What if school wasn’t just sitting at a desk, reading a textbook, or using a geometry set? What if a student’s education helped them relate to the land, the environment, and their place in the world?
Place-based learning provides an opportunity to use the local community and environment as a focal point for teaching and learning. It expands the classroom to include the world around us, and allows for individual exploration and discovery while still covering core areas like literacy and numeracy.
In Livingstone Range School Division, place-based is a core value. “We understand that we live in one of the most special and beautiful places in the world,” says Chad Kuzyk, Associate Superintendent of Curriculum and Innovation. “Because of the proven benefits of place-based learning, we want to ensure that we capitalize on our unique location to help students thrive.”
From a high school Outdoor Pursuits program in the Crowsnest Pass to farming and ranching work credits in Claresholm and Nanton, to Indigenous Ways of Knowing opportunities for students across the jurisdiction, Livingstone Range School Division is committed to providing exceptional place-based programming.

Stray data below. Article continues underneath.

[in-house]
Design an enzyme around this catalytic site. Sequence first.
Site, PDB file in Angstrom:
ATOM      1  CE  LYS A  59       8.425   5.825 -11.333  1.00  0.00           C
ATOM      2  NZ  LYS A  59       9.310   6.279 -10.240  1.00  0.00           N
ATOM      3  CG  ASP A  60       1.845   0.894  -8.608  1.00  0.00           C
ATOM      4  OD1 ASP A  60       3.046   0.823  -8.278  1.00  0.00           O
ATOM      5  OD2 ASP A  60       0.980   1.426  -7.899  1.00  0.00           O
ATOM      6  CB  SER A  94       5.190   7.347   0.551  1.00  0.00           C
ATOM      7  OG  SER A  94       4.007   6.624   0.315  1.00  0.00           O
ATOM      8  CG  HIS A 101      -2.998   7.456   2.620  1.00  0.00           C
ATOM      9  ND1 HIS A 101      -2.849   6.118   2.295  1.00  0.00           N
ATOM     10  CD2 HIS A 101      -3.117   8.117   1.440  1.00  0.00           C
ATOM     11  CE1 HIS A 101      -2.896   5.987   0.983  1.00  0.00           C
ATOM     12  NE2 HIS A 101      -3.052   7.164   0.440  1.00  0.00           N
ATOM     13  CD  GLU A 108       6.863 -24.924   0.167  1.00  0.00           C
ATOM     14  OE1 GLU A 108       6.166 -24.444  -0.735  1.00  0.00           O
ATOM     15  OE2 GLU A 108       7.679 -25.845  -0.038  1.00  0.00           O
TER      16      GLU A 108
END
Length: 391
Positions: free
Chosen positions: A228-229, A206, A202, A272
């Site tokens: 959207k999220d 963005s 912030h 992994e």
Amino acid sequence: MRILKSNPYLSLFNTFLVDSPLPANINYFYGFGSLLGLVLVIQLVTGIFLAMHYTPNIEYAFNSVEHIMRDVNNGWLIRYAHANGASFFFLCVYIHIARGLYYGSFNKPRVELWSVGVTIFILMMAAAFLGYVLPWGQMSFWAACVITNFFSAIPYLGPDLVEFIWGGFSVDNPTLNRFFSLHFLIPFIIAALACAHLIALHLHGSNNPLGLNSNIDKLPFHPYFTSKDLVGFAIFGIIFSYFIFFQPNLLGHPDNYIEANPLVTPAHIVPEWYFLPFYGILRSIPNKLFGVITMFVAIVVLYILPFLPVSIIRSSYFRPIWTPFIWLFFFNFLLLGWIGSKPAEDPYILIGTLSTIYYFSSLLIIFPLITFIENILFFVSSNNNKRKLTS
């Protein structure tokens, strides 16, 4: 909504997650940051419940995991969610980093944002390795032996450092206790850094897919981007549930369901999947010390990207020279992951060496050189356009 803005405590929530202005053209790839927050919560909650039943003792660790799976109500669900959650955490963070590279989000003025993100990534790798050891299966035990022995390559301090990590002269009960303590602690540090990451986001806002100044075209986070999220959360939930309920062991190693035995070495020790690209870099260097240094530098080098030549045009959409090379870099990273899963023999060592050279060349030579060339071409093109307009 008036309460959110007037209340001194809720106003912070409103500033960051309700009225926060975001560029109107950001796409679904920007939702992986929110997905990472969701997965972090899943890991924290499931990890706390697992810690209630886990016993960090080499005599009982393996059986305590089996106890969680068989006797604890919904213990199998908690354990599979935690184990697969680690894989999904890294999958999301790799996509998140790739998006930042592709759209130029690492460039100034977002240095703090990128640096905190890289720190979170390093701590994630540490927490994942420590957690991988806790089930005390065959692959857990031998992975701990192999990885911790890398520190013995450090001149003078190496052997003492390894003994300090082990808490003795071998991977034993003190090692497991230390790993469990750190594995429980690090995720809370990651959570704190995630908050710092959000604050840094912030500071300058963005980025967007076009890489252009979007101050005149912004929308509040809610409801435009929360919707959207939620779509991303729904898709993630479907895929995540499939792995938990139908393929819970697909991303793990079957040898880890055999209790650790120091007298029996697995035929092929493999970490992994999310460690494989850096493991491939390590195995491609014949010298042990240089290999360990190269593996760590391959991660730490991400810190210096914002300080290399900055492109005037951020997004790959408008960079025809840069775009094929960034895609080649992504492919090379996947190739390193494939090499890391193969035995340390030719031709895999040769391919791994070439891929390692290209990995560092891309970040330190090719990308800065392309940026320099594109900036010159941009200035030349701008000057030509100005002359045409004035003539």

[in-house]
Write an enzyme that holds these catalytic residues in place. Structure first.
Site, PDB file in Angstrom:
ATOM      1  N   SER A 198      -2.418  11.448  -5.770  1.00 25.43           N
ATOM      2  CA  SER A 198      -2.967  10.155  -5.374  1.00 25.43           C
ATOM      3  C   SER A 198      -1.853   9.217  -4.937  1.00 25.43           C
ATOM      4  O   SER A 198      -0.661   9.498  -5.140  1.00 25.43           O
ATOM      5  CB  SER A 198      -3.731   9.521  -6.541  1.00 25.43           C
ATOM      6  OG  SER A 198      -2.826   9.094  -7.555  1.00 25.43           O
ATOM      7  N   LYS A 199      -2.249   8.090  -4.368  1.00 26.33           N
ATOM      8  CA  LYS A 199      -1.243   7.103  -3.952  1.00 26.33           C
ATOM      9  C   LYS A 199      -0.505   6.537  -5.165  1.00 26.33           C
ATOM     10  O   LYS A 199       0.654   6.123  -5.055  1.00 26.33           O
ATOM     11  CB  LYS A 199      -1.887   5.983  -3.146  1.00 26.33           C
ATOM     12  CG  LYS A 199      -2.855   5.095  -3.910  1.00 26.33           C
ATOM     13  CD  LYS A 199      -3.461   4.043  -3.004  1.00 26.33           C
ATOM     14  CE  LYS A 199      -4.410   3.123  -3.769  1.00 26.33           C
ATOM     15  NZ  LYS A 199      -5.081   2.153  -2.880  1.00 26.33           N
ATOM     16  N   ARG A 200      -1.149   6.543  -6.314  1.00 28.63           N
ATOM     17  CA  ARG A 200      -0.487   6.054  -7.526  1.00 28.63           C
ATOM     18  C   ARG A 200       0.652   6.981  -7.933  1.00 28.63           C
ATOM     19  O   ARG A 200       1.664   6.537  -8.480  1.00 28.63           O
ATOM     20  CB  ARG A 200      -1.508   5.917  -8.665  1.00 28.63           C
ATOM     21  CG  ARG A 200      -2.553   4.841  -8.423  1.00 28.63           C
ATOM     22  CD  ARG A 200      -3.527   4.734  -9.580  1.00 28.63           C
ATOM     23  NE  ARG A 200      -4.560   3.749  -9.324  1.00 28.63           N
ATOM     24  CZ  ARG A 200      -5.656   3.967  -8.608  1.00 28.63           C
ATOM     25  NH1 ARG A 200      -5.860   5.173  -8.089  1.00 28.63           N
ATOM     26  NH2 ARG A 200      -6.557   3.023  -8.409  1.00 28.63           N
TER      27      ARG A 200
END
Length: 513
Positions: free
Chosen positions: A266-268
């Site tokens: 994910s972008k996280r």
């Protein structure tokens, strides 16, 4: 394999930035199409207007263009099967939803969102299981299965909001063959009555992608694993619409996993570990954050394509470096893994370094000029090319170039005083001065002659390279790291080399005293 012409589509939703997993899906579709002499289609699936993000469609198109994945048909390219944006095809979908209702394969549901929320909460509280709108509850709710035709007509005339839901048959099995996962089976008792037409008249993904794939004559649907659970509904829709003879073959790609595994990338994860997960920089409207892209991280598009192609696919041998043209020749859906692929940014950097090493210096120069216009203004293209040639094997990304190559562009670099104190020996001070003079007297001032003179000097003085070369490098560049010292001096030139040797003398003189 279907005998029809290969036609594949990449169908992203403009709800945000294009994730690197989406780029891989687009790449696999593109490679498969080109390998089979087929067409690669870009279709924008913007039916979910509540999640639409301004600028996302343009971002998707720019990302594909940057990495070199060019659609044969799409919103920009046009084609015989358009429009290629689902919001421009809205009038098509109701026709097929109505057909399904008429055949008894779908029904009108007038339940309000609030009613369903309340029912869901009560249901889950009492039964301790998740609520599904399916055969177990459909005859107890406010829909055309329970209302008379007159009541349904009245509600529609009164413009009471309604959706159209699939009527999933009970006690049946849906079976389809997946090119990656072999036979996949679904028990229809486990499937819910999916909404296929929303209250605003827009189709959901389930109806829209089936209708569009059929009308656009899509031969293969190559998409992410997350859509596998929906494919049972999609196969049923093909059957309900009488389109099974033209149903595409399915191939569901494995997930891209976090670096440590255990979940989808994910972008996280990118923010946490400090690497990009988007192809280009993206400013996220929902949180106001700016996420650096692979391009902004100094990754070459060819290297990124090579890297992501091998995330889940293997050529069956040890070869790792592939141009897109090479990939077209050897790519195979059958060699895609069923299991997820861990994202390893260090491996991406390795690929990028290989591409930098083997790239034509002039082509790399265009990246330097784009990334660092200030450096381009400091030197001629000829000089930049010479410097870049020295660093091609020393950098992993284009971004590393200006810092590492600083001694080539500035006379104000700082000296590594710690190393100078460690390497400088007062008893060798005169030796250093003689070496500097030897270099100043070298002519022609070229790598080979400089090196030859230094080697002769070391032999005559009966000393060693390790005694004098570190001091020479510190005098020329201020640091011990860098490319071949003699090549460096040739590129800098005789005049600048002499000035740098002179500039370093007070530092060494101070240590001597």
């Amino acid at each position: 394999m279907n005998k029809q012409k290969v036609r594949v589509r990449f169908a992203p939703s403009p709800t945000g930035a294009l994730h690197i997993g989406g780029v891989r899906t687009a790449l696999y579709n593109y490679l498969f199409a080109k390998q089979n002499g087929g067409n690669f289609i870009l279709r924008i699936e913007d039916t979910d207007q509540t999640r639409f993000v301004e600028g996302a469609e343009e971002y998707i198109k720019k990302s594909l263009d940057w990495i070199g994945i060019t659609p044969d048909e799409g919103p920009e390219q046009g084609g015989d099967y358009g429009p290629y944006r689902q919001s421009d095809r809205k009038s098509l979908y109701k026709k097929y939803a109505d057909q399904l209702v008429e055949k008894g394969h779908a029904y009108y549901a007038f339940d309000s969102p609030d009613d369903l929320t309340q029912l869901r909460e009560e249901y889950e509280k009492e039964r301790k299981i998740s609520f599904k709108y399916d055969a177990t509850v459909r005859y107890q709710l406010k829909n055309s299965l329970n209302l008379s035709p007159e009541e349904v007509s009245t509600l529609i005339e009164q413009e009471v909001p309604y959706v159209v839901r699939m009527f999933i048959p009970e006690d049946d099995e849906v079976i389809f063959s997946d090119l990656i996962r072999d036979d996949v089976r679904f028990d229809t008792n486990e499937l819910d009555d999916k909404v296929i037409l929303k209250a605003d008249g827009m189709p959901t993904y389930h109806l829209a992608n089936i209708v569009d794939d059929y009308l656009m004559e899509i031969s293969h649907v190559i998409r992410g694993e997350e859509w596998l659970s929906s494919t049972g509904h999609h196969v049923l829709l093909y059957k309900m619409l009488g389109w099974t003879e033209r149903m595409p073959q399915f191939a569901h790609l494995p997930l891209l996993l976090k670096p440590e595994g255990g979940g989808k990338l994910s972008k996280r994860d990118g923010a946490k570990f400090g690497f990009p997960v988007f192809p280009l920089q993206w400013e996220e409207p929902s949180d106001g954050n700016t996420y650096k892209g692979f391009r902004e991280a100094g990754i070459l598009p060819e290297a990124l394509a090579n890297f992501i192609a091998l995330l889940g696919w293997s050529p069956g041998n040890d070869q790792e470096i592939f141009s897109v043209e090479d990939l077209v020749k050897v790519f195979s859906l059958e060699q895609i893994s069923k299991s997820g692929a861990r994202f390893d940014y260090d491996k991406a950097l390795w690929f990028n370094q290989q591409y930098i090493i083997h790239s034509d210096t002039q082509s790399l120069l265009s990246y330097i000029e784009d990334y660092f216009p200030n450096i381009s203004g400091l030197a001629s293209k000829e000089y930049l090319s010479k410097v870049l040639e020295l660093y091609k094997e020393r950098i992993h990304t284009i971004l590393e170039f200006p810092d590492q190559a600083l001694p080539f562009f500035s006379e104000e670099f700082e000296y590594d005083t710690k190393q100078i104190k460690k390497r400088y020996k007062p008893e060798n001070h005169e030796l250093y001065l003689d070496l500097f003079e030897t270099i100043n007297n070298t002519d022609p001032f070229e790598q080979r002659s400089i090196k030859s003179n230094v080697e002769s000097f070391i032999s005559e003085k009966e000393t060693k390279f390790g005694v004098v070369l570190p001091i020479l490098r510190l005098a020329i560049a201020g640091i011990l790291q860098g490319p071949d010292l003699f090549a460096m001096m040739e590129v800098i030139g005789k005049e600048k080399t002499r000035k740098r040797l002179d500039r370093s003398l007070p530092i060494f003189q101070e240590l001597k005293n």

This 5-part article series on Place-Based Education will explore some of the remarkable opportunities for students, focusing on our three schools in Crowsnest Pass. We will discover how Grade 2 students at Horace Allen School in Coleman select “their” tree in the forest and visit it weekly to learn about science, math, reading, writing, and art. We will visit Isabelle Sellon School in Blairmore to learn about their W.I.L.D. time activities and community connections. At Crowsnest Consolidated High School in Coleman we will see how high school students earn credits in the Outdoor Pursuits class. Finally, we will explore some of the opportunities for students to receive training, certification, and even credits in exciting courses like avalanche safety, plant identification, ski/snowboard instructor training, and first aid through the LRSD Pursuits program.
Come see how school is so much more than a classroom with place-based learning.